Tomorrow is Bipolar Awareness Day and Vincent Van Gogh’s birthday. Did you know he was posthumously diagnosed with bipolar disorder? I had no idea until I was diagnosed and doing research on the disorder to better understand myself. When I was first diagnosed in February it was a shock and I stressed out about it. I hope my post today will help those recently diagnosed find peace with their own diagnosis.
Symptoms of Bipolar 1
- 1 Episode of Depression
- 1 Episode of Mania (lasting at least 5-7 days)
*Please note that mania can result in hospitalizations and can last from periods of 3-6 months if left untreated.
Symptoms of Bipolar 2
- 1 Episode of Depression
- 1 Episode of Hypomania (lasting at least 4 days)
- NO Episodes of Mania
*Please note that psychosis is not typically triggered by “hypomania” due to it being more mild than mania. Hypomanic episodes are usually hard to recognize because it can seem like someone is “normally” functioning.
What is The Difference Between Bipolar 1 And Bipolar 2?
Mania is the more extreme form as it can and does result in psychosis and hospitalizations. They have the same symptoms such as
- Abnormally upbeat, jumpy or wired
- Increased activity, energy or agitation
- Exaggerated sense of well-being and self-confidence (euphoria)
- Decreased need for sleep
- Unusual talkativeness
- Racing thoughts
- Poor decision-making — for example, going on buying sprees, taking sexual risks or making foolish investments
When these symptoms are present in hypomania, especially after a long depressive episode, it may seem to others that the person has come out of their depressive state and are just feeling really good. Hypomania doesn’t usually cause upsets at work and school or in life in general. Psychosis is not a symptom of hypomania. An initial diagnosis of Bipolar 2 can change in the future if you have even just one episode of mania. Bipolar 2 also results in more depressive episodes.
Symptoms of Mixed Episodes
Mixed episodes can include any of the above with symptoms of depression co-occurring.
Symptoms of Rapid Cycling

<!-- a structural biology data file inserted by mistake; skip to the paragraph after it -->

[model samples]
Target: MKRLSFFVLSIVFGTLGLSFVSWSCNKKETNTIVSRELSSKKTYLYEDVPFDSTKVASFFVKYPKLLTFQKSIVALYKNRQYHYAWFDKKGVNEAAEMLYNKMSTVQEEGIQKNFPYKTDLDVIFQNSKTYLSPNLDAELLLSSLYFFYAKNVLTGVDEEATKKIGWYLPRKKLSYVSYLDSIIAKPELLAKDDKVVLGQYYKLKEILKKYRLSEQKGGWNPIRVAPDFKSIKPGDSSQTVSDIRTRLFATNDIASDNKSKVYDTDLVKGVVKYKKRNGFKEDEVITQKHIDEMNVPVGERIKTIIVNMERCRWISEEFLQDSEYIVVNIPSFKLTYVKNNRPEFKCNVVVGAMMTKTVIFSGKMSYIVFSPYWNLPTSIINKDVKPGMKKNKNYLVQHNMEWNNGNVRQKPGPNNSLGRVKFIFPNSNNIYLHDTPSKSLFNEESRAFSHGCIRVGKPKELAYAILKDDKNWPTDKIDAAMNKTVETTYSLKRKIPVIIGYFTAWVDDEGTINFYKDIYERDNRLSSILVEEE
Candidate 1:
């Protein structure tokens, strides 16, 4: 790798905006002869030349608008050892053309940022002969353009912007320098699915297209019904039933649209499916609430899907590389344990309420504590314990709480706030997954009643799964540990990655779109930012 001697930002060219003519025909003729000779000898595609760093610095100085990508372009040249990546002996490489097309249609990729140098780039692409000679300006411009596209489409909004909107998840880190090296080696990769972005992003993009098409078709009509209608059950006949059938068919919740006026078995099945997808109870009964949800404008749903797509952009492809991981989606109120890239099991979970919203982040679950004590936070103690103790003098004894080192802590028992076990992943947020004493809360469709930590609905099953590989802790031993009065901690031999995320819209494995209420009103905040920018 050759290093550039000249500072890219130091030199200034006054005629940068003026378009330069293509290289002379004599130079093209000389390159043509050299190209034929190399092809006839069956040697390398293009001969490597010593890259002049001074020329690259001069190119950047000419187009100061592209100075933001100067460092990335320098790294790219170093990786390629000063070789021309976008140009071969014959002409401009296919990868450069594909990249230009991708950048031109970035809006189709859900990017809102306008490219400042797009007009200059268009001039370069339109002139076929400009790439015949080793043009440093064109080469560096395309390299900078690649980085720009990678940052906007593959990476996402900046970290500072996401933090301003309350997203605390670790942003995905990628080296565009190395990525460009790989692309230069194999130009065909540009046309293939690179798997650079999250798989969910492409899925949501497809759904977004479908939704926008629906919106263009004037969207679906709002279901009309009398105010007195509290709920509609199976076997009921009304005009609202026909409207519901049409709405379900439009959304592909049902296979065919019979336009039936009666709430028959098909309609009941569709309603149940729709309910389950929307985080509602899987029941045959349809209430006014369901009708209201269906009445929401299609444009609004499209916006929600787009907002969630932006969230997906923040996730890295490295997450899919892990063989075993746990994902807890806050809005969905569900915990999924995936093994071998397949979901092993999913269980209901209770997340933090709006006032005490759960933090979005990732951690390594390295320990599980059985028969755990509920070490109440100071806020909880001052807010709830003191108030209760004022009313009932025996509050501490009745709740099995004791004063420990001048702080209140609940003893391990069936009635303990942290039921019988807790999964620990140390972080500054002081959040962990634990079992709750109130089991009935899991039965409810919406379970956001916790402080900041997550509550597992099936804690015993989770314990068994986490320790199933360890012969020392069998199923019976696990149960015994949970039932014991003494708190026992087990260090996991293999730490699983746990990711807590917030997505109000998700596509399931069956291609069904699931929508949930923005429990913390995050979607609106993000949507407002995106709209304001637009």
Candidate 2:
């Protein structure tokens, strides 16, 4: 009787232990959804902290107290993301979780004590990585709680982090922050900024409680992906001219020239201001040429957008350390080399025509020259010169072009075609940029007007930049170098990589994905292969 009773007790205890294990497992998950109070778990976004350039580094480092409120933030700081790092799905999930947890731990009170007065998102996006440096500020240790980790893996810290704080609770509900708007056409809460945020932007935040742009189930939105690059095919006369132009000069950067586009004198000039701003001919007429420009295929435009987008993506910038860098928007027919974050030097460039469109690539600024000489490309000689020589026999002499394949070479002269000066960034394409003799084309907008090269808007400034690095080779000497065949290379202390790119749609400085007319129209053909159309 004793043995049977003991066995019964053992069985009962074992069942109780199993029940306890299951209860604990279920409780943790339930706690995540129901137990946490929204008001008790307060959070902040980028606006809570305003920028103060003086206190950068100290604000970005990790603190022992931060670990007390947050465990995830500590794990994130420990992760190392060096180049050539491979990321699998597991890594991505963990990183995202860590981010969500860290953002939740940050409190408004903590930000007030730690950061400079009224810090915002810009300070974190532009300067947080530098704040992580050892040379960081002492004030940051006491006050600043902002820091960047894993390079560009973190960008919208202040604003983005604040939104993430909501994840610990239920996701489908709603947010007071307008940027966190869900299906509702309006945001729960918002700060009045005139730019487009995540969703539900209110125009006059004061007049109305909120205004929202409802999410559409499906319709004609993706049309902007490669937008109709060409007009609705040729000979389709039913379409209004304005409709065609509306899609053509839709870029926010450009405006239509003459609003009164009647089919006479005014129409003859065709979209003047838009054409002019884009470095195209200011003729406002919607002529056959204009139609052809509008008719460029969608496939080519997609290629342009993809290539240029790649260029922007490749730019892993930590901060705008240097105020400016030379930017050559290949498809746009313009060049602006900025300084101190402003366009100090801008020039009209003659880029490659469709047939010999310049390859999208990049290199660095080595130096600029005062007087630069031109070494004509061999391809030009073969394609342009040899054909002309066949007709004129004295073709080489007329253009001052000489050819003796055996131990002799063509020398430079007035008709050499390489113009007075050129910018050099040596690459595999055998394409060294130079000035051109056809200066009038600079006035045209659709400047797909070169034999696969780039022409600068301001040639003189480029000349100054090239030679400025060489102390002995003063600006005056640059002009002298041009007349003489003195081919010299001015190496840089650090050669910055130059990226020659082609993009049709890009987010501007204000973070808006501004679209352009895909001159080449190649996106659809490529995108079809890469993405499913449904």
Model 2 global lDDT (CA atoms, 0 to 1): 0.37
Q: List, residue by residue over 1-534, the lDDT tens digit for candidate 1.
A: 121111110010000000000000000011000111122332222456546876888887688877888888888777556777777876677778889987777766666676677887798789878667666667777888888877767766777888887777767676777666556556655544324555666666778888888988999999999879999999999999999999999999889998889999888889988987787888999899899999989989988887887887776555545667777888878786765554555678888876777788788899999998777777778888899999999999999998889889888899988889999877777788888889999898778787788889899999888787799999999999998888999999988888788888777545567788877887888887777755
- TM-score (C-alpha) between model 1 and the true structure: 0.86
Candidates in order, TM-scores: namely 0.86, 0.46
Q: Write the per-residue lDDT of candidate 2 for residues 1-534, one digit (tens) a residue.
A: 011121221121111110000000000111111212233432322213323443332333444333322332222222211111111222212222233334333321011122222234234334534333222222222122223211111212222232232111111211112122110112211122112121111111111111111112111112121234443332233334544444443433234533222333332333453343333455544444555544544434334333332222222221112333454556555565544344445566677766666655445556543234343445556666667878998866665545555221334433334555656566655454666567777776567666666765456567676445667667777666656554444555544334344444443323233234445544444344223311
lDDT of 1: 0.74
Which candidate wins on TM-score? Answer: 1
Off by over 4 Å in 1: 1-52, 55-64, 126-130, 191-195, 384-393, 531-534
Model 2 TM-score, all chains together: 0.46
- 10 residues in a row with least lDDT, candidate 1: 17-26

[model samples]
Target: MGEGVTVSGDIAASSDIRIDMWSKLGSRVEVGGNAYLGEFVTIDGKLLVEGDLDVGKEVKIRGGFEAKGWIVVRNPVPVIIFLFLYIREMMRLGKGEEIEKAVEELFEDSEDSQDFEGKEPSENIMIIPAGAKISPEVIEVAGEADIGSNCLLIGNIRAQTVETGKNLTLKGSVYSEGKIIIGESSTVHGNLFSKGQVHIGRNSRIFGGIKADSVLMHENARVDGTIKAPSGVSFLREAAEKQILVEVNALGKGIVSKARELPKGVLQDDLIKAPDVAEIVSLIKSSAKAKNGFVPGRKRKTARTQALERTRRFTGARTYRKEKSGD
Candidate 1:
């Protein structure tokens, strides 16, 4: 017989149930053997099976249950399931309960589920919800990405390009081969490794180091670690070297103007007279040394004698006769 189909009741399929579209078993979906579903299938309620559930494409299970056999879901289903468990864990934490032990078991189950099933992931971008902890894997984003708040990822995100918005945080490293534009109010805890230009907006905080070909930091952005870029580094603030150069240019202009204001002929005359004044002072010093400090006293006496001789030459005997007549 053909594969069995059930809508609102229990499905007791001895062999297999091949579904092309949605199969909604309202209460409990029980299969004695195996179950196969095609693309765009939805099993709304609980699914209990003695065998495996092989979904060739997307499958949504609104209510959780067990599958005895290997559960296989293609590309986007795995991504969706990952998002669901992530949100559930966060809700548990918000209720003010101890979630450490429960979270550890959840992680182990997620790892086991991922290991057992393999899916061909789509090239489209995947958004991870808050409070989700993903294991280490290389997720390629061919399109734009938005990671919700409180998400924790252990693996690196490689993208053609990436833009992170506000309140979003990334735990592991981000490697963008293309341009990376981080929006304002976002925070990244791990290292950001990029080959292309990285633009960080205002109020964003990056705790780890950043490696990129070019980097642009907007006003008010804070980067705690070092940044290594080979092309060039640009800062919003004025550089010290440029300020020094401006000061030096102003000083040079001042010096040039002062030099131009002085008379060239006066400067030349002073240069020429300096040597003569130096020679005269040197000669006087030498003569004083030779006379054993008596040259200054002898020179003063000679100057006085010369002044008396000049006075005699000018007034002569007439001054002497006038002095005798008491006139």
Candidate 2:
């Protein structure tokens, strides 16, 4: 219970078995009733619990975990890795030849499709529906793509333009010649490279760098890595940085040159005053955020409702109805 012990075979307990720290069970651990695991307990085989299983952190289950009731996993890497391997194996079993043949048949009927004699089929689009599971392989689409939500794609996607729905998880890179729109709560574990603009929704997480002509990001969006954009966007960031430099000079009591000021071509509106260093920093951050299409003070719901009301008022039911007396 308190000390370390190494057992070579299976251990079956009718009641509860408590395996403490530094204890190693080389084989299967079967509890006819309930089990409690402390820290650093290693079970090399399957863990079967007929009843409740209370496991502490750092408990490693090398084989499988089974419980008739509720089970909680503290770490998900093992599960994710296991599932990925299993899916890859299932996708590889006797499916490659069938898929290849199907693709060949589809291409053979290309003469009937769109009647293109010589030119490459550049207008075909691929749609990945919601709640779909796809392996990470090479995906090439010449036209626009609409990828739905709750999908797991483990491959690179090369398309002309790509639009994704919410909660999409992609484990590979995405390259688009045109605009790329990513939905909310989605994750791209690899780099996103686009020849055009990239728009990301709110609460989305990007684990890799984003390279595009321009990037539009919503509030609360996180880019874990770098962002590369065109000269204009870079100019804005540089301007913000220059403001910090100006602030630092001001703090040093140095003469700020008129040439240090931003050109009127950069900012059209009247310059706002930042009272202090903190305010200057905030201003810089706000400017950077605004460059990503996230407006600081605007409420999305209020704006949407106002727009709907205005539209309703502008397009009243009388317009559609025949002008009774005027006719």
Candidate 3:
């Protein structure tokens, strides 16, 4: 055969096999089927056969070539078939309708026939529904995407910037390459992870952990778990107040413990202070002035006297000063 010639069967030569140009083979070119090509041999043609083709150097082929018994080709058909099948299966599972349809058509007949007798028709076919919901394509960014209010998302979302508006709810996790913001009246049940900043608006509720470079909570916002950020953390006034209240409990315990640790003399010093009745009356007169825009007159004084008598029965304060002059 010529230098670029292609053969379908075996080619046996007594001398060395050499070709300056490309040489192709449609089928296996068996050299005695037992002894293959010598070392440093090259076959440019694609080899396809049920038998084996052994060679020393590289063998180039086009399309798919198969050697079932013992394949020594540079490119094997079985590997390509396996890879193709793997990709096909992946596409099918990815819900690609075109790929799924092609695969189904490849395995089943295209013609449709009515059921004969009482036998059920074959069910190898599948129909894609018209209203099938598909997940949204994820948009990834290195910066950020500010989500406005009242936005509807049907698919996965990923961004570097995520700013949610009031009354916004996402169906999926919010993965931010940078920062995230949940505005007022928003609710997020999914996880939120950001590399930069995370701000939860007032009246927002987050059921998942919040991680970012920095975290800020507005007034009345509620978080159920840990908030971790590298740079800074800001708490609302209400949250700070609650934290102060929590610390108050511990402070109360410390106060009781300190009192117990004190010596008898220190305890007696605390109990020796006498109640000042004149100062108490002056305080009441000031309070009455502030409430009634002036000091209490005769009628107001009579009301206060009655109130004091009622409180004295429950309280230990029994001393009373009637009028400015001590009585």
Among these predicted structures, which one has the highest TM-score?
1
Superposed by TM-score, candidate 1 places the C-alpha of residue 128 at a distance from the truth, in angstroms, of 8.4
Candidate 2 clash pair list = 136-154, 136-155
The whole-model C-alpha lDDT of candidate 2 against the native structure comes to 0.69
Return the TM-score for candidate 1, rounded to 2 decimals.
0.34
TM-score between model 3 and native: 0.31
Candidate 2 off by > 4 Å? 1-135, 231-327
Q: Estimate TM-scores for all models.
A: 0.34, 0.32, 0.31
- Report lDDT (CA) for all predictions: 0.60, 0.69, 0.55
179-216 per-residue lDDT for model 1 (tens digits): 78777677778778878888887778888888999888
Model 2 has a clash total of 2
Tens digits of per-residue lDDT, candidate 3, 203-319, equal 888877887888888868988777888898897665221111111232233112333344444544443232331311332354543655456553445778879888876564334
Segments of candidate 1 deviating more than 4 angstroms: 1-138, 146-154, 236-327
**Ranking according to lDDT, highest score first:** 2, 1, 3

Rapid Cycling in when you experience 4 or more episodes of Mania/Hypomania or depression in a 12 month period.
How do They Treat Bipolar?
Bipolar is treated with both medications to stabilize the brain chemicals and therapy. Medications include a mixture of mood stabilizers (sometimes these are in the form of anticonvulsant medications) and anti-psychotics – which limit the amount of episodes one might have. Antidepressants alone have been known to trigger manic/hypomanic episodes.
What to do if You Think You Are Bipolar?
Please do not self-diagnose. If you do this it could hurt you more by researching a disorder and following tips to treat it when you don’t actually have it. This is not good for your mental wellbeing. BUT IF you think you have bipolar, the first step is to start tracking your moods. I use an app on my phone called Dalio. You can track your moods and activities associated with those moods. The second step is to talk to a psychiatrist. GP’s cannot diagnose mental disorders. A psychiatrist will ask you a series of questions related to the disorder and will diagnose you based on your score. You must meet at least three of the symptoms I listed above to be diagnosed Bipolar 1 or Bipolar 2. Bipolar 1 symptoms must last at least one week and Bipolar 2 symptoms must last for 3-4 days.
If you are diagnosed as Bipolar 1 or 2 it is best if you get into therapy and get on the correct medications to stabilize you.
I am currently on Gabapentin (an anti-convulsant used as a mood-stabilizer) and Abilify, a mood stabilizer. I have been on these two medications for a month and already feel so much more stable. My psychiatrist even told me that I seemed so much better than when she first saw me. I am in therapy and love my therapist (and my psychiatrist!) so much!
Journaling is also an amazing coping skill that can help you look back on certain things. It helps to clear out the mind and allow you to practice more mindfulness.
Remember, if you are diagnosed as Bipolar, you are not “crazy” and you are not alone. Let’s end the stigma together. If you would like to help out this Bipolar Awareness Day you can spread awareness by sharing your own story or a story of a loved one. Give support to those in your life that are suffering and help them get the help they need. You can also donate to any of the following charities.
- National Alliance on Mental Illness (NAMI)
- International Bipolar Foundation (IBPF)
- Brain & behavior Research Foundation
- Depression and Bipolar Support Alliance
If you are feeling suicidal please call The National Suicide Prevention Lifeline at 1-800-273-8255.